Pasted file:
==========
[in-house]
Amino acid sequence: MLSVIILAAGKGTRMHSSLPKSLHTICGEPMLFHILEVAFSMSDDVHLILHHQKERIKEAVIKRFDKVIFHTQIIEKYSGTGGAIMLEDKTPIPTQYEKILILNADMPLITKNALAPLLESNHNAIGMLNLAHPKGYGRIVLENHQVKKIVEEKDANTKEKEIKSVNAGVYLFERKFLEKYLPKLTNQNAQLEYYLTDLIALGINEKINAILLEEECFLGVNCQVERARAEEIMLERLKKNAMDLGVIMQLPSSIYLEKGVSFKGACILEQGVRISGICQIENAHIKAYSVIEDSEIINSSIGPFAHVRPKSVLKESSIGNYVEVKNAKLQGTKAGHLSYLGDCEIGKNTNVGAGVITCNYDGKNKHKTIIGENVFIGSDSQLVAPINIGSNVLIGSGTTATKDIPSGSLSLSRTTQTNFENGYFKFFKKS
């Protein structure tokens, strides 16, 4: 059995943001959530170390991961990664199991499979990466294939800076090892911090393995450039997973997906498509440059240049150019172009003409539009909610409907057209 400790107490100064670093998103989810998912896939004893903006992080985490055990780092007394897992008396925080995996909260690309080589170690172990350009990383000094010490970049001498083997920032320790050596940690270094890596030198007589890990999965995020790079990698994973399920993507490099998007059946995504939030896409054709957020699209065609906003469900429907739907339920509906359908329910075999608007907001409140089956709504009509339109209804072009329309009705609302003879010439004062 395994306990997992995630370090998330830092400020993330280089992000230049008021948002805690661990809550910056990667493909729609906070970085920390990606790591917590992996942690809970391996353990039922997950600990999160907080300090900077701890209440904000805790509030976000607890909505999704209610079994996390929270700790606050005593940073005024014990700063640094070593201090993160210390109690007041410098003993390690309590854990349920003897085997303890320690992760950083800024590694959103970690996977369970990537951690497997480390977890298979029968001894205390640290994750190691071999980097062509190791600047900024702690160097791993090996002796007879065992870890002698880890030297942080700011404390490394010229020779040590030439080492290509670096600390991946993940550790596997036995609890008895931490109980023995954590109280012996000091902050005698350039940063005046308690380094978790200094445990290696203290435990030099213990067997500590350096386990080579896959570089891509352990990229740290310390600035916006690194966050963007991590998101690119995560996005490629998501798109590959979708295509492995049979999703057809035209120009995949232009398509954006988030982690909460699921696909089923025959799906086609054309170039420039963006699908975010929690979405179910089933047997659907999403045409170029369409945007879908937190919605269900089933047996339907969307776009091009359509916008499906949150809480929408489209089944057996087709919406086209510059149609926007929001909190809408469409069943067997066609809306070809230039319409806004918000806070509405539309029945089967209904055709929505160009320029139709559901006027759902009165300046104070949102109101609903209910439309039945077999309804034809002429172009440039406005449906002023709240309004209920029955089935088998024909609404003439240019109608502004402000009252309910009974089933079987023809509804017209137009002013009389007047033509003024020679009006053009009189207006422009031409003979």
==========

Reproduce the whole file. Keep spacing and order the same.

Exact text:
[in-house]
Amino acid sequence: MLSVIILAAGKGTRMHSSLPKSLHTICGEPMLFHILEVAFSMSDDVHLILHHQKERIKEAVIKRFDKVIFHTQIIEKYSGTGGAIMLEDKTPIPTQYEKILILNADMPLITKNALAPLLESNHNAIGMLNLAHPKGYGRIVLENHQVKKIVEEKDANTKEKEIKSVNAGVYLFERKFLEKYLPKLTNQNAQLEYYLTDLIALGINEKINAILLEEECFLGVNCQVERARAEEIMLERLKKNAMDLGVIMQLPSSIYLEKGVSFKGACILEQGVRISGICQIENAHIKAYSVIEDSEIINSSIGPFAHVRPKSVLKESSIGNYVEVKNAKLQGTKAGHLSYLGDCEIGKNTNVGAGVITCNYDGKNKHKTIIGENVFIGSDSQLVAPINIGSNVLIGSGTTATKDIPSGSLSLSRTTQTNFENGYFKFFKKS
């Protein structure tokens, strides 16, 4: 059995943001959530170390991961990664199991499979990466294939800076090892911090393995450039997973997906498509440059240049150019172009003409539009909610409907057209 400790107490100064670093998103989810998912896939004893903006992080985490055990780092007394897992008396925080995996909260690309080589170690172990350009990383000094010490970049001498083997920032320790050596940690270094890596030198007589890990999965995020790079990698994973399920993507490099998007059946995504939030896409054709957020699209065609906003469900429907739907339920509906359908329910075999608007907001409140089956709504009509339109209804072009329309009705609302003879010439004062 395994306990997992995630370090998330830092400020993330280089992000230049008021948002805690661990809550910056990667493909729609906070970085920390990606790591917590992996942690809970391996353990039922997950600990999160907080300090900077701890209440904000805790509030976000607890909505999704209610079994996390929270700790606050005593940073005024014990700063640094070593201090993160210390109690007041410098003993390690309590854990349920003897085997303890320690992760950083800024590694959103970690996977369970990537951690497997480390977890298979029968001894205390640290994750190691071999980097062509190791600047900024702690160097791993090996002796007879065992870890002698880890030297942080700011404390490394010229020779040590030439080492290509670096600390991946993940550790596997036995609890008895931490109980023995954590109280012996000091902050005698350039940063005046308690380094978790200094445990290696203290435990030099213990067997500590350096386990080579896959570089891509352990990229740290310390600035916006690194966050963007991590998101690119995560996005490629998501798109590959979708295509492995049979999703057809035209120009995949232009398509954006988030982690909460699921696909089923025959799906086609054309170039420039963006699908975010929690979405179910089933047997659907999403045409170029369409945007879908937190919605269900089933047996339907969307776009091009359509916008499906949150809480929408489209089944057996087709919406086209510059149609926007929001909190809408469409069943067997066609809306070809230039319409806004918000806070509405539309029945089967209904055709929505160009320029139709559901006027759902009165300046104070949102109101609903209910439309039945077999309804034809002429172009440039406005449906002023709240309004209920029955089935088998024909609404003439240019109608502004402000009252309910009974089933079987023809509804017209137009002013009389007047033509003024020679009006053009009189207006422009031409003979």